Between classes, third-year College student Faith Goalder finds herself knitting in the halls of the University’s academic buildings. Knitting needles in hand, Goalder is one of the many young fiber artists working with fabric, yarn or thread as a material to advocate for sustainable fashion.
Goalder works to negate the issues of fast fashion by investing time into a budding movement referred to as slow fashion — the antithesis of fast fashion — which aims to combat the issues of overconsumption and overproduction within the fashion industry. For Goalder, this has meant learning how to knit and crochet.
“My grandmother taught me to knit during quarantine,” said Goalder, whose initial interest was to make sweaters. The crafts have been passed down in Goalder's family from generation to generation, as Goalder’s grandmother — who has been knitting for over fifty years — learned from her own mother.
Now, after fully diving into the hobby, she’s made everything from shirts to tote bags, making her uniquely familiar with the processes that go into the creation of garments as both a form of art and a practice of necessity.
“As I have gotten more into [fiber arts], I have gotten a better look at slow fashion and sustainability,” Goalder said.
Goalder said that it can take her up to a month to finish one piece, giving her insight into the true amount of labor that goes into the production of her store-bought clothes. In doing so, artists like Goalder reduce clothing waste by putting care into the quality of their garments, ensuring that each piece is meant to last.
Third-year College student Sofia Garcias is another local fiber artist engaging with the sustainability movement through her creations. Like Golader, she learned from her grandmother, and began incorporating environmentally conscious practices into her projects.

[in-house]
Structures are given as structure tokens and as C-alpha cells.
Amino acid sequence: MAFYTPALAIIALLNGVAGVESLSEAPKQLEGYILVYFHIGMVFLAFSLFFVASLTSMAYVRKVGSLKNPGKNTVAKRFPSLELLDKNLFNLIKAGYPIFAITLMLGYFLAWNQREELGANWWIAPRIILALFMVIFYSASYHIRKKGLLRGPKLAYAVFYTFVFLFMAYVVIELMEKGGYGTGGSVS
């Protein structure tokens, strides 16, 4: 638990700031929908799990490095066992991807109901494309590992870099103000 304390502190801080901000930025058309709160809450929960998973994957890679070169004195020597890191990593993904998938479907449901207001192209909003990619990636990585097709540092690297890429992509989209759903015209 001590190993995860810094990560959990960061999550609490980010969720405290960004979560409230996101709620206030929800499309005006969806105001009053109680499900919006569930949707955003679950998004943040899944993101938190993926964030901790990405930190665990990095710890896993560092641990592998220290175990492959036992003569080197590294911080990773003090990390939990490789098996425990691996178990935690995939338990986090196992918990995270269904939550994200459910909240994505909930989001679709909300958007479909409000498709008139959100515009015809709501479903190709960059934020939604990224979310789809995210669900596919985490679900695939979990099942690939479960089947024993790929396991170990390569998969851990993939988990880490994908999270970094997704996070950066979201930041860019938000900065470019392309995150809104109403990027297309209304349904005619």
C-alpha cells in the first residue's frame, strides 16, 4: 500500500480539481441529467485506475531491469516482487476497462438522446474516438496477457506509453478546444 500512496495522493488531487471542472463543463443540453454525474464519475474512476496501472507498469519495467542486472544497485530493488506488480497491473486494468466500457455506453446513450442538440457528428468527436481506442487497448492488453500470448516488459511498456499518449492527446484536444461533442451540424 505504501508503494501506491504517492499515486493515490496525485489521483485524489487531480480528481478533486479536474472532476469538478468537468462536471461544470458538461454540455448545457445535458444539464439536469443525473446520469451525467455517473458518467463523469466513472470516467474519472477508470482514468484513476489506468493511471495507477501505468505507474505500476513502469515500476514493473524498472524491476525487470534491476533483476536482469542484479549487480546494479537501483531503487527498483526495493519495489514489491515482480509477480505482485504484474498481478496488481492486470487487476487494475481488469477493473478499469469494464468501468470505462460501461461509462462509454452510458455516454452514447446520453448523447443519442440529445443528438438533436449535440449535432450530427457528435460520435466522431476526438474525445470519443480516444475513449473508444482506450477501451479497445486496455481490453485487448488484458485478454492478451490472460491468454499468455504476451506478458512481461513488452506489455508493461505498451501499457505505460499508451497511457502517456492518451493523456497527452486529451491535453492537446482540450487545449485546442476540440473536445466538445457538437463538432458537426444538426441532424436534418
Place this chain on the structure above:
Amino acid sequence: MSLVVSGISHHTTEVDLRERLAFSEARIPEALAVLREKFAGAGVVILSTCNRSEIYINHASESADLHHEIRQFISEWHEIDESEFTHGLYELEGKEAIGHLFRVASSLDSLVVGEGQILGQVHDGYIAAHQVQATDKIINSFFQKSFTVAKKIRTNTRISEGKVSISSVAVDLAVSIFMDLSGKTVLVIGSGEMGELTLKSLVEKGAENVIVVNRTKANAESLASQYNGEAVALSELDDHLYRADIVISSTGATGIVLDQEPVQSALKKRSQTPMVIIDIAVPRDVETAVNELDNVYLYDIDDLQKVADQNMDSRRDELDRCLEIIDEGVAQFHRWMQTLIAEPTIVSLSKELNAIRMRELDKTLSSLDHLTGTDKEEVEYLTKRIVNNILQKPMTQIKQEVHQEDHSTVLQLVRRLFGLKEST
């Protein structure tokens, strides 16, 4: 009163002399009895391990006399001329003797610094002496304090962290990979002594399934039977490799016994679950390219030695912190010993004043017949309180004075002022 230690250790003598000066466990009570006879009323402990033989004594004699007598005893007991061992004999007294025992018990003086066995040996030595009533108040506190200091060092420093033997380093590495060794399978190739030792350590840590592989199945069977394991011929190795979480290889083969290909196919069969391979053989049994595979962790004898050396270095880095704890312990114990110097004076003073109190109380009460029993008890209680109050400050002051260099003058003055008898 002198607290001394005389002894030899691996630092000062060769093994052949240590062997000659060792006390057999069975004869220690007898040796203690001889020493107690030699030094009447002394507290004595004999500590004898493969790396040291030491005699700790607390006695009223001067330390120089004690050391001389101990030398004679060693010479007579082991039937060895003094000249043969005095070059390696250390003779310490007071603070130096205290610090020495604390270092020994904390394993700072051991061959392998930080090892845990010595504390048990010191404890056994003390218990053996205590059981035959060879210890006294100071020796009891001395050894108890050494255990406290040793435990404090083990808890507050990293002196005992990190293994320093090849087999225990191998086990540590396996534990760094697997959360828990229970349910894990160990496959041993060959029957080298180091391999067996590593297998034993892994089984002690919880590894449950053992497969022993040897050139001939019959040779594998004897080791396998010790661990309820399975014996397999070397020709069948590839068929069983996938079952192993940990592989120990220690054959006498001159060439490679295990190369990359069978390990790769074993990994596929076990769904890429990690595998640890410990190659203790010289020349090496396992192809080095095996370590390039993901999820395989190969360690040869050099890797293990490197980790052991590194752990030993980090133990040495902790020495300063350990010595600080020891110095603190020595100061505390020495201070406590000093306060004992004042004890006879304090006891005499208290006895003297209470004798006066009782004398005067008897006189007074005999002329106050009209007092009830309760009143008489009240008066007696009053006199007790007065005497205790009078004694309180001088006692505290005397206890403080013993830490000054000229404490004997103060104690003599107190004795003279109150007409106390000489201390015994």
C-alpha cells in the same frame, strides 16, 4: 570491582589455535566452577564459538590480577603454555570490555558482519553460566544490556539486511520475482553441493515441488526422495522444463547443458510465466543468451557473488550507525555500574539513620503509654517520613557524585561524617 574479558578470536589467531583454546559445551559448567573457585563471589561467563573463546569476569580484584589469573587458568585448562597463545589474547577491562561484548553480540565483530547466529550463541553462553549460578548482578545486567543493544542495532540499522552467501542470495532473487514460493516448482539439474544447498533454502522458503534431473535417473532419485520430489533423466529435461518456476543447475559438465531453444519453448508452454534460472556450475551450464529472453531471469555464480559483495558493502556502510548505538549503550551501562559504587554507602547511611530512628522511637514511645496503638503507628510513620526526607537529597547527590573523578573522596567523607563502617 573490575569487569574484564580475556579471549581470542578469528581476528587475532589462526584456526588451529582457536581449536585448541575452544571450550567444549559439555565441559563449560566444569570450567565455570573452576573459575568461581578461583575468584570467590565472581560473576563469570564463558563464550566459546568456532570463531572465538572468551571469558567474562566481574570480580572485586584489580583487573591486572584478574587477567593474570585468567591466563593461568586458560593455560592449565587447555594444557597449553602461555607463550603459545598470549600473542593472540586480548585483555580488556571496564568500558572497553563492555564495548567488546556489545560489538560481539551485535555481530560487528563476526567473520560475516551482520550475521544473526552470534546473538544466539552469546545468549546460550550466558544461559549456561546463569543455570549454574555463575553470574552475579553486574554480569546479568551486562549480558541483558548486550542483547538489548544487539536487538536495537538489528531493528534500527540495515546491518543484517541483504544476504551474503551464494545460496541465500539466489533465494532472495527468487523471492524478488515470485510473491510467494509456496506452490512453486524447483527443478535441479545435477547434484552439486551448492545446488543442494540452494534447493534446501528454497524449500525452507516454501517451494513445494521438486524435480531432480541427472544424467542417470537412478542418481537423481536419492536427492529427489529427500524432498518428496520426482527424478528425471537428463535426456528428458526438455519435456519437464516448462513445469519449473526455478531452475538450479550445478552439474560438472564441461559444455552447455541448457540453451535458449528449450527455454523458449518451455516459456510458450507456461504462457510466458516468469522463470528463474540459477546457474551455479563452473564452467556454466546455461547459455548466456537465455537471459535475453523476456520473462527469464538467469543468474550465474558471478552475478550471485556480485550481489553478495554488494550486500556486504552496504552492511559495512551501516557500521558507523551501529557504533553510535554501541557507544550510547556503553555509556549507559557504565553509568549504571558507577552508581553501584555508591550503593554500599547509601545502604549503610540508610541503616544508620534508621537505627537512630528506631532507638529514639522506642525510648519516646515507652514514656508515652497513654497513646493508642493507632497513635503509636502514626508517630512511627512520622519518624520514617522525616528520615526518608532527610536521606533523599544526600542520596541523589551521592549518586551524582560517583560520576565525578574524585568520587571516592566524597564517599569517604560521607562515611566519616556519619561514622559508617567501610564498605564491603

“I try not to waste too much fabric. I’m mindful of how I cut my fabric so it [will] last, and I don’t buy [materials] constantly. I use what I already have at my disposal,” Garcias said, echoing Goalder’s statements regarding the importance of mindful consumption.
The ethos of sustainability revolves around consuming mindfully and reusing products to avoid excessive production — Goalder acknowledges the difficulty in practicing sustainability in artistic disciplines based on the creation of something new.
“[Knitting’s popularity on] TikTok and social media increases that mass consumption,” Goalder said. “I feel like knitting influencers, in some ways, feel pressure to create a lot more [pieces] because they want to get [their work] out to their audience.”
As slow fashion itself becomes a trend, it can paradoxically lead to issues of overconsumption in other forms, such as in the consumption of yarn. Thus, the slow fashion movement is not without its own environmental impacts — while synthetic yarns, such as acrylic yarn, are more affordable than natural yarns, they are also composed of fibers produced with fossil fuels.
“I think that both knitting and crocheting are [sustainable] either way no matter what fiber you're making them with,” Goalder said. “They're still more Earth conscious than buying from a fast fashion company.”
In order to reduce their environmental impact, fiber artists like Goalder and Garcias reuse materials for new projects, upcycles and even simply learn how to mend existing garments.
“I'm interested in reclaiming the yarn from sweaters [I get] from a thrift store,” Goalder said. “You can take old sweaters and make them into something new.”
Garcias also advocates for conscientious choices regarding the materials she uses for her project.
“I try not to use mixed fiber fabrics because they are harder to recycle,” Garcia said. “I try to use only cotton materials.”
Goalder also said that practicality is an important aspect of maintaining sustainability in her artform. In doing so, artists are intentional with the projects they create, and they waste fewer materials.
“It’s important that [fiber artists] make garments that they continually wear or something that somebody else will be able to get use out of,” Goalder said.
Goalder is also a regular at a local knitting circle, where she meets with other community knitters involved in slow-fashion.
“It's nice to be able to get perspectives from people who aren't all U.Va. students,” Goalder said. “There are a variety of ages, and a variety of different reasons why people come to knitting and crocheting that helps me see more of the wider Charlottesville community.”
Within the University and the greater Charlottesville community alike, sustainable fiber artists are coming together in a place where art meets practicality. As the craft becomes an increasingly common form of sustainable expression, artists like Goalder and Garcias are finding new ways to engage with the modern world of fashion by synthesizing creation and conservation.